Monday, May 28, 2012

STELLA BUIO Production Diary: 8 Days Until Principal Photography.

I’m sitting here, listening to my friend Miguel Rodriguez talk to Matthew Kelly about John Carpenter’s The Fog, when I realized with a start that it’s May 28. Counting on my fingers, we start filming Stella Buio in eight days. I’ve never had so much pre-production time on a film before, which you wouldn’t think would be true because I’m the producer, but it is true. When I “get excited and make something”, it’s usually a pretty quick process and that’s what I’m used to. When it comes to “proper” filmmaking, with the paperwork and professional actors and crew and all that, you really have to be a little more patient.
This script originally came about because my partner-in-crime, Chris Cline, said, “Hey, we should write a giallo together...” Giallo has turned into a catch-all phrase for 70s Italian horror cinema, but it really refers to gorgeous, lurid, pulp-y Italian murder mysteries like The Bird with the Crystal Plumage. I love gialli, don’t get me wrong, but my favourite films from that era in Italian filmmaking are films like City of the Living Dead, Black Sabbath, and Suspiria. When he brought this up, I went off and wrote the first draft of the script influenced by my likes, and let it sit for a minute, then I edited and sent him the second draft. Chris loved the second draft and said that he didn’t even want to touch it. I did a little more editing to it and then locked it.
It had to go onto the shelf, though, because at the time, I had a few other projects I needed to get to before I made Stella Buio (I wrote it a couple of years ago, while I was still working at the movie theatre), but when a short film fell through earlier this year, I pulled this out and said, “I am going to make this.”
And make it I will.
Firstly, I knew that I’d need some money. All of my stuff in the past has been very low budget because I had to pay for it out of pocket and my pockets are shallow. Film festival submissions are the most expensive thing for a low-budget indie filmmaker at $35 a pop (on average), but also, I’m not very good at lighting and I need someone to do special effects. And, I’d like to not have to design my poster art myself.  And there’s someone I really, really want to work with. So, I decided to start an IndieGoGo campaign so I could pay the people I’m bringing on board.
I chose IndieGoGo because I had a feeling that I wouldn’t be able to raise the full amount of my estimated budget ($10,000, but that, unlike quite a few productions I’ve seen that crowdfund their budgets and then come back looking for “finishing costs”, includes everything), but IndieGoGo lets you keep what you’ve earned. Like I say in every plea for help, every little bit helps. Kickstarter is great because it does instill more trust that the money will be used for what it’s intended, but if you don’t raise the full amount, you get nothing. I was (and am) making this film regardless so it truly is a matter of every little donation helping to make the film (you can donate here= ).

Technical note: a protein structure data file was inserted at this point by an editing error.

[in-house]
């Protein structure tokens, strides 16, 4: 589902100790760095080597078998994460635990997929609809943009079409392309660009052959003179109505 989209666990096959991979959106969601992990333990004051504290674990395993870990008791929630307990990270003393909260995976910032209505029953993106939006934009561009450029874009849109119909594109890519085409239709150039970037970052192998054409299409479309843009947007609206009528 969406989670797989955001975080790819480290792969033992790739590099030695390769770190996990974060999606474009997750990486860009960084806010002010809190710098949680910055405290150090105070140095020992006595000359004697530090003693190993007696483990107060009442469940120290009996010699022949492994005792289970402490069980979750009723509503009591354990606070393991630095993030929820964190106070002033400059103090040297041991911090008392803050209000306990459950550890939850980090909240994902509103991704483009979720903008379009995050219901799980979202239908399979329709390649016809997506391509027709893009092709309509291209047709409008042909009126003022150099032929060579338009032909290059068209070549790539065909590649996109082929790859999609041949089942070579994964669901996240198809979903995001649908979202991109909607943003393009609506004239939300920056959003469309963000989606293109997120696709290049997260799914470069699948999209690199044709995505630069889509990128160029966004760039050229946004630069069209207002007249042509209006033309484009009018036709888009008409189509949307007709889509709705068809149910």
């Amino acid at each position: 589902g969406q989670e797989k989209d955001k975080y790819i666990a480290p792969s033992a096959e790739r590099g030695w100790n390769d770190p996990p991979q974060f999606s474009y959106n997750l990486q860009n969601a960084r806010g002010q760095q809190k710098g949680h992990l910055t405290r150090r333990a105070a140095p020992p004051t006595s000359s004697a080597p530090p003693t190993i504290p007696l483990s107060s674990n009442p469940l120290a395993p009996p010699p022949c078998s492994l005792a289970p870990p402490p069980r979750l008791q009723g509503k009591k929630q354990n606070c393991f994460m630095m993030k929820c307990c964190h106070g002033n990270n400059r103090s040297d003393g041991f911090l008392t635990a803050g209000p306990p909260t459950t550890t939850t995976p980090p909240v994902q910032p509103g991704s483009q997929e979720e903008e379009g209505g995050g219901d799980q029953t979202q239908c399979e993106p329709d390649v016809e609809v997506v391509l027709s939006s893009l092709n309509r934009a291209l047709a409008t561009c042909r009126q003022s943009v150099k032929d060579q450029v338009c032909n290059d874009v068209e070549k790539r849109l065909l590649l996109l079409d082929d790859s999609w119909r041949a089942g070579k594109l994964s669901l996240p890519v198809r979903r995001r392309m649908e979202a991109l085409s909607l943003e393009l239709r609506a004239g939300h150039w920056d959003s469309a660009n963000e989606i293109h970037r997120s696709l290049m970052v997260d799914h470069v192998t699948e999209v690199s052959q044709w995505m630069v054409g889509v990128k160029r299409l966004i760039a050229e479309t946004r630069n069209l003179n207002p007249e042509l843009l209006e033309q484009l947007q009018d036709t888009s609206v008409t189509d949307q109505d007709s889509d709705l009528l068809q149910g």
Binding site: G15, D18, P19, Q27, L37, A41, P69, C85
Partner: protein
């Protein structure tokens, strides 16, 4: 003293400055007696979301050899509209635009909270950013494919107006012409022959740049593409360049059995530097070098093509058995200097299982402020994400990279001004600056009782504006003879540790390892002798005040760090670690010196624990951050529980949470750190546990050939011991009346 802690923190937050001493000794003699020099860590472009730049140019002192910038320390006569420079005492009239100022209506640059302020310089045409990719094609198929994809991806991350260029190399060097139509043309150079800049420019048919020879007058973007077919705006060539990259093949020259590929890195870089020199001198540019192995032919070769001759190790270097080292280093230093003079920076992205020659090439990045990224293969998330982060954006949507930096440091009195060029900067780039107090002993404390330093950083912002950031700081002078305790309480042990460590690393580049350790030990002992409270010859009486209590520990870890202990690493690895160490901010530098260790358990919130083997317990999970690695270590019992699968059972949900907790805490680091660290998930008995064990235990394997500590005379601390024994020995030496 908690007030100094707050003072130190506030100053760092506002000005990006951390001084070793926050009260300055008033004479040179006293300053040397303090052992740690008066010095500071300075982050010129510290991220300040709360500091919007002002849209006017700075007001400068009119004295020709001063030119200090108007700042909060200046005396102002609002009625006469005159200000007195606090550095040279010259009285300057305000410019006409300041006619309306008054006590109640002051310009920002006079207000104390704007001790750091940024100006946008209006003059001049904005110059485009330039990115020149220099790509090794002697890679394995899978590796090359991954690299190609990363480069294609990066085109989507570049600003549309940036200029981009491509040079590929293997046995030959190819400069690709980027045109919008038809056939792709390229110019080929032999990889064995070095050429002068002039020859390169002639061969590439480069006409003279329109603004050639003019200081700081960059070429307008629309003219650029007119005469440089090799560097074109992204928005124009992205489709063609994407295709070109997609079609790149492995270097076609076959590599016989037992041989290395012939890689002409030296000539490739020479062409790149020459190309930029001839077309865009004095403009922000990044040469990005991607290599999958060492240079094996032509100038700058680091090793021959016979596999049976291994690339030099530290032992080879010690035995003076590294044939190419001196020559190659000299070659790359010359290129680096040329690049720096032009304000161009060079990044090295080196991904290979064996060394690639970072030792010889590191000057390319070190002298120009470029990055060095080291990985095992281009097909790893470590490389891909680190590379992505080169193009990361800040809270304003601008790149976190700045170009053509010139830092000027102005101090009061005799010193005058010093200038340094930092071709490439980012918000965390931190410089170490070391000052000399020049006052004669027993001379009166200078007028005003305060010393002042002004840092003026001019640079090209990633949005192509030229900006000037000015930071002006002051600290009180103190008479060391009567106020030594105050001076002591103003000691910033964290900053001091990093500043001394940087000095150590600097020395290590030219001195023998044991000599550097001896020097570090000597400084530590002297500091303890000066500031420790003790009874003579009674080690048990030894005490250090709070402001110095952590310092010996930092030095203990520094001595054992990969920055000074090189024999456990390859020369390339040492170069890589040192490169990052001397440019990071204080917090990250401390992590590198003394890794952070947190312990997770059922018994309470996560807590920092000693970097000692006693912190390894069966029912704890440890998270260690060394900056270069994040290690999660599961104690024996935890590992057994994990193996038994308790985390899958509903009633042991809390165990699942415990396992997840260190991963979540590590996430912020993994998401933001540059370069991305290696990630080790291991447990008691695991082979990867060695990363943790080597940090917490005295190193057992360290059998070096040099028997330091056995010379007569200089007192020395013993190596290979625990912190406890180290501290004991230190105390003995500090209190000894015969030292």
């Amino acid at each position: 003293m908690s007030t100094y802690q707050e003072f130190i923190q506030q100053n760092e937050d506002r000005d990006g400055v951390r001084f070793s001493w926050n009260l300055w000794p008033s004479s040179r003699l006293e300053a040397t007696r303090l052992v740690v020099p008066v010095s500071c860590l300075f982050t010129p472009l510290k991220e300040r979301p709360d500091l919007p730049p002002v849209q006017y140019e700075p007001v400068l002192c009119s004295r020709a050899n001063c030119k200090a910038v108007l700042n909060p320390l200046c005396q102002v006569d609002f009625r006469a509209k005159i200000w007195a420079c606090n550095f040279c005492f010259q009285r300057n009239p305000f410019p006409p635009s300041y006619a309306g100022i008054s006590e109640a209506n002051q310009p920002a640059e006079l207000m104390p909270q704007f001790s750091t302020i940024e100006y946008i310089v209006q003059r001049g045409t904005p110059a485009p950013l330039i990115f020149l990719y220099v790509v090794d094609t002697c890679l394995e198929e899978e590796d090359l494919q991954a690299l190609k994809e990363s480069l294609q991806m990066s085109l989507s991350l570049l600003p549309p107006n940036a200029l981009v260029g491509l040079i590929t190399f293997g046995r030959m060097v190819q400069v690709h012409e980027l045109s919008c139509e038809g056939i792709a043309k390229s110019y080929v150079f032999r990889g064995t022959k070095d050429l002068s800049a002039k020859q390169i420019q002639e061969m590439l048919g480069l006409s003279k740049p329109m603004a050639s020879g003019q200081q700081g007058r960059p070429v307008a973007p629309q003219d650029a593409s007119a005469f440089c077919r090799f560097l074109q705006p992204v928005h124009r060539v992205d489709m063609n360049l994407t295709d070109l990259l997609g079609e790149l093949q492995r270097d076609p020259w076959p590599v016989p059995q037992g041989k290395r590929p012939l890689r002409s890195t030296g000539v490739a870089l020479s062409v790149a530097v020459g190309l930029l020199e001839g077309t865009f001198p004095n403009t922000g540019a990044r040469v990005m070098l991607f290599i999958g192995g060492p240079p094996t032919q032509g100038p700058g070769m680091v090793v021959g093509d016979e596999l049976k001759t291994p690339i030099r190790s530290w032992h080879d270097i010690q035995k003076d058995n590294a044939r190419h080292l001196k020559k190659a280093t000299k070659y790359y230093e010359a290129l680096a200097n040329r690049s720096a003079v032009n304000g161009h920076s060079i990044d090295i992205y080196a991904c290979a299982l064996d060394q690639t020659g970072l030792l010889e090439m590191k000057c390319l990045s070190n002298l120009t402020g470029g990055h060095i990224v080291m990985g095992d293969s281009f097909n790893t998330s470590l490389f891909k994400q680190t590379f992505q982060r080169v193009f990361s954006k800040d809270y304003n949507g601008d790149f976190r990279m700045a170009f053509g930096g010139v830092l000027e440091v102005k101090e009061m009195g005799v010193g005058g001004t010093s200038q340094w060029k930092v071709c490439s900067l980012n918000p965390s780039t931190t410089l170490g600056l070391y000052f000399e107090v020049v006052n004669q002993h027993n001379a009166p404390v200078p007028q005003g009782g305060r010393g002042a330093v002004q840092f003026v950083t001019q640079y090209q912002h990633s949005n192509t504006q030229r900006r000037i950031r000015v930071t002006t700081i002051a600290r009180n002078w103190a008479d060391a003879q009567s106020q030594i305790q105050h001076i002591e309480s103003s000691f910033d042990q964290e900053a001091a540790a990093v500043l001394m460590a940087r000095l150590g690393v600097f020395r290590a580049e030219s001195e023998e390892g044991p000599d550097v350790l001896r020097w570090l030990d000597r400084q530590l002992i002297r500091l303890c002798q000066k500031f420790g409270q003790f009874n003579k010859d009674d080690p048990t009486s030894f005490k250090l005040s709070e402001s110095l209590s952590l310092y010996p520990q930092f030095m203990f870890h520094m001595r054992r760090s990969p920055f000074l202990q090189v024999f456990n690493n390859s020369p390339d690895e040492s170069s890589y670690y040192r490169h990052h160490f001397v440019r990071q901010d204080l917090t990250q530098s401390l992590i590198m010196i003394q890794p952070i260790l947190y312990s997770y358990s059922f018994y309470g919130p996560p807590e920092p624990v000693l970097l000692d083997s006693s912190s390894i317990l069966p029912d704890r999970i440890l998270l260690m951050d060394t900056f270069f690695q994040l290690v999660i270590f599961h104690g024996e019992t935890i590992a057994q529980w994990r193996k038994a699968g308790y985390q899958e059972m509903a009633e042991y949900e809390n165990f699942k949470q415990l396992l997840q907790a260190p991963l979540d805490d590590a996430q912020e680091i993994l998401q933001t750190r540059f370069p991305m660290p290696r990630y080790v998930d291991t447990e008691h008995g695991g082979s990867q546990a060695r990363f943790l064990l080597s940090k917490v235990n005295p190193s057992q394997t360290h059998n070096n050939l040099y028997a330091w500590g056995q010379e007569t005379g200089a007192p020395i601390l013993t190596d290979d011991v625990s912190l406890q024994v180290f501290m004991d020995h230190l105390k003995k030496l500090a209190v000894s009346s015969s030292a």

As I said before, I’m not very good at lighting. I’m not afraid of admitting my limitations. Thankfully, I know someone who IS good at lighting. I’ve known Wheat for a few years now thanks to the wonderful Sage Hall. He does a lot of cinematography and is truly ace at sculpting and painting with light. I shoot my own stuff 
Effects. Normally, I have to rely on VFX more than I’m comfortable with because I LOVE practical effects so so so much. For this, I wanted and needed to dedicate as much money as I could to good, solid practical effects and the first name that came to mind was a friend I’ve had since I worked in his haunted houses in high school: Greg Baker. I knew he’d be able to get me what I needed and keep the cost down if it came to that (and it did).
Earlier this year, I was in L.A. while an exhibit was going on featuring a new friend I met in Vancouver, B.C.: Bonni Reid. What I saw literally blew my mind (of what was there, that piece is my favourite, but click here to explore her website.) As soon as I saw these pieces, I knew that I wanted to work with her. And when my shoot in February / March fell apart and I picked up Stella Buio, I knew THIS was the project to work on with her.
As for casting, the first person I cast was Chris Cline as the zombie. He knows exactly what I’m going for here. My friend Shawn McBee was second. Thirdly, I cast Linnea Quigley. In my genre, when you see a name like Linnea Quigley attached to a film, it’s usually a stunt to get people to pay attention. But let’s be honest...this is a short film. I’m not trying to sell anything on her name. Ever since I realized that I wanted (and could) make horror films, I’ve wanted to work with Linnea Quigley and I’m incredibly fortunate that she came on board.
I’ve known of Melanie Robel for a while now thanks to the wonders of Facebook, but Linnea was the one who recommended her to me and the rest of the cast trickled down from there. I’m really excited to work with all of eight days! WOW!

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